Capital One’s approach is both a cautious and sensible one. While bots can have disastrous consequences when applied in the wrong setting or for the wrong audience, they can also be hugely useful when solving straightforward transactions and simple questions, or to shepherd customers on a relatively linear journey, such as everyday banking queries.
Integrating chatbots into your customer management strategy also frees up agents to deliver a more streamlined process, and help consumers with more complicated questions. This in turn helps drive great customer experience – a win-win for any business who can get it right.
Back office automation
Digitisation can be used for more than just customer management; this technology has the potential to unlock value across a wide range business functions. Top of the list for financial services companies considering how to use digital solutions to deliver benefit to their businesses, should be a look at how automation can help transform back office processes.
Automation can be used to transform more complicated tasks such as commercial finance operations. This holds special significance for the financial services industry, where efficient and cost-effective operations are paramount to success. Automation can also further remove the room for human error in heavily regulated industries. And by automating simple but time-consuming tasks, companies can free up employees to focus on more complex and value-added work.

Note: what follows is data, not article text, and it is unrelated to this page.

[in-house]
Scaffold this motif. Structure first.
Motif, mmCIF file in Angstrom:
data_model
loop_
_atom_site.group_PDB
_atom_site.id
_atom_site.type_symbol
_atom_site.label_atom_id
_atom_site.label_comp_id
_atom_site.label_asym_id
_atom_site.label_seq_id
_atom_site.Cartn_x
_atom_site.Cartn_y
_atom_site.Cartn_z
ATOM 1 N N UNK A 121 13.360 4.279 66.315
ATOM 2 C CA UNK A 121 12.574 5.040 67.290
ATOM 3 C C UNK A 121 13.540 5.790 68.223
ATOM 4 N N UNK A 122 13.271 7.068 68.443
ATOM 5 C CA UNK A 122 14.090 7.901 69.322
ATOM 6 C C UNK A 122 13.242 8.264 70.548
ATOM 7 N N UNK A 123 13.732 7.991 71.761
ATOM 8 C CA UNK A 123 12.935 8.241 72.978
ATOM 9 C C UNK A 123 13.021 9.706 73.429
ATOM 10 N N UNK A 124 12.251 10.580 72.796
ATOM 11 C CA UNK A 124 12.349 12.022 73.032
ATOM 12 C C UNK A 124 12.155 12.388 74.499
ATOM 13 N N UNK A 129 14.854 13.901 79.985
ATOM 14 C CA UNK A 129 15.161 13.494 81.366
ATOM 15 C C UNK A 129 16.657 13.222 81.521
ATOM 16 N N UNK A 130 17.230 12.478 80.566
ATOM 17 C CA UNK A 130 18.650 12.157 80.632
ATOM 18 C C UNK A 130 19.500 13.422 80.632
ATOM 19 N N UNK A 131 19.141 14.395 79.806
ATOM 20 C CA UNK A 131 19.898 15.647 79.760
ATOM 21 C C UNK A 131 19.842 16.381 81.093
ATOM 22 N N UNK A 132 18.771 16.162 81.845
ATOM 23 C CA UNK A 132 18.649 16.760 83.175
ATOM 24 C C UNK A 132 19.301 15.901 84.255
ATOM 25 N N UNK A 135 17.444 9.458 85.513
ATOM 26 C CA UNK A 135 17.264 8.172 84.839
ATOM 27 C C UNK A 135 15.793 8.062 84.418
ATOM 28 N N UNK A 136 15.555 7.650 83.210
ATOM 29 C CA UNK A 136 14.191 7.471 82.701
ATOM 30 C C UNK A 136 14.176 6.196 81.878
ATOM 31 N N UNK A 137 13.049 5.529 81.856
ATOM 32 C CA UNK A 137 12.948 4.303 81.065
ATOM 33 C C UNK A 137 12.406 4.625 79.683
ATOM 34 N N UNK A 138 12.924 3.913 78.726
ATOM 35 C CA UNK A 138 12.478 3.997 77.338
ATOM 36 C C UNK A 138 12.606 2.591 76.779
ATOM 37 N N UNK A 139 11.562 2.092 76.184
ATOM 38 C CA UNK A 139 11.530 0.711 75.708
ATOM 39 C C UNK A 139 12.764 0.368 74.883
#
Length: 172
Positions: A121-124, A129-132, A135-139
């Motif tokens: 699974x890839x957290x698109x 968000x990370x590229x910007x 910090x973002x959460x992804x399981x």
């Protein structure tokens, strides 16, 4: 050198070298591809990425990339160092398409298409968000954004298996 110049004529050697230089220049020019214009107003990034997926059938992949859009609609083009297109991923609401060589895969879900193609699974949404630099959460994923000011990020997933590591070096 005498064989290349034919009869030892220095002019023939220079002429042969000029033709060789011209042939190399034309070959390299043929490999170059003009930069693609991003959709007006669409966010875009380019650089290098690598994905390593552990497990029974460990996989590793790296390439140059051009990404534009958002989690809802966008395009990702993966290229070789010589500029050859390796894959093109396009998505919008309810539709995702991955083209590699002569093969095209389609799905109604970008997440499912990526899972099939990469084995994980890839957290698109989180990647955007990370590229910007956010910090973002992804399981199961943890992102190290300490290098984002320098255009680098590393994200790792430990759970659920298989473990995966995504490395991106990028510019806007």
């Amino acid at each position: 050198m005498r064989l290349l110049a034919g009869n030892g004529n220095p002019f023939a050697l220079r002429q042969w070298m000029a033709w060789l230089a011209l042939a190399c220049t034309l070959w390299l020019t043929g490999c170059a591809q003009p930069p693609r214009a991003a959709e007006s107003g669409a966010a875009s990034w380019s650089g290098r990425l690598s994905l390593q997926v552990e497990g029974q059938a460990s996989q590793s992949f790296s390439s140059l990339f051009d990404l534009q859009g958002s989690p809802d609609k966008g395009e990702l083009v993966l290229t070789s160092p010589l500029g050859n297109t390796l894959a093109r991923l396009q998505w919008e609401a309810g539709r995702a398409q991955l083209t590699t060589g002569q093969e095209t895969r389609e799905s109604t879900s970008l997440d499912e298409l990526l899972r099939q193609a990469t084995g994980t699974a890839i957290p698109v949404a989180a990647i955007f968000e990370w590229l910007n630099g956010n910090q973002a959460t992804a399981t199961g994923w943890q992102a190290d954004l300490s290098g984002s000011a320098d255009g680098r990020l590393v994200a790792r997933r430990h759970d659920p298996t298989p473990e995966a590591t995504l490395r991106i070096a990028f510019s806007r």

Beware of over-digitisation
Despite the many benefits of digitisation, providers must be careful not to place all their eggs in a digital basket – and instead remain focused on the customer journey across all channels: online, through voice, and in real life. Consumers still have their doubts about automated advice, and reasonably so.
A recent study by Firstsource revealed that for 44% of consumers, the availability of a bank branch is the primary deciding factor when selecting a banking provider. Indeed, a digital-only approach in banking fails to account for the complexities of context and journeys. While customers tend to use digital service for their everyday banking needs, they still demand security and the comfort of voice or face to face contact for more important processes. When things go wrong – or get complicated – customers will seek human interaction, not that of a bot or a webchat conversation.
The key is to ensure there is a thorough understanding on what journeys are best resolved through which channels and then build a strategy to steer customers accordingly. This needs to be backed up by a seamless channel switch when required in terms of experience and effort.
To this end, training frontline agents in a contact centre must be given the same amount of attention as the user experience on an app. Failure to do so may mean risking alienating huge customer groups. It’s a delicate balancing act, but the providers who get it right will reap the rewards.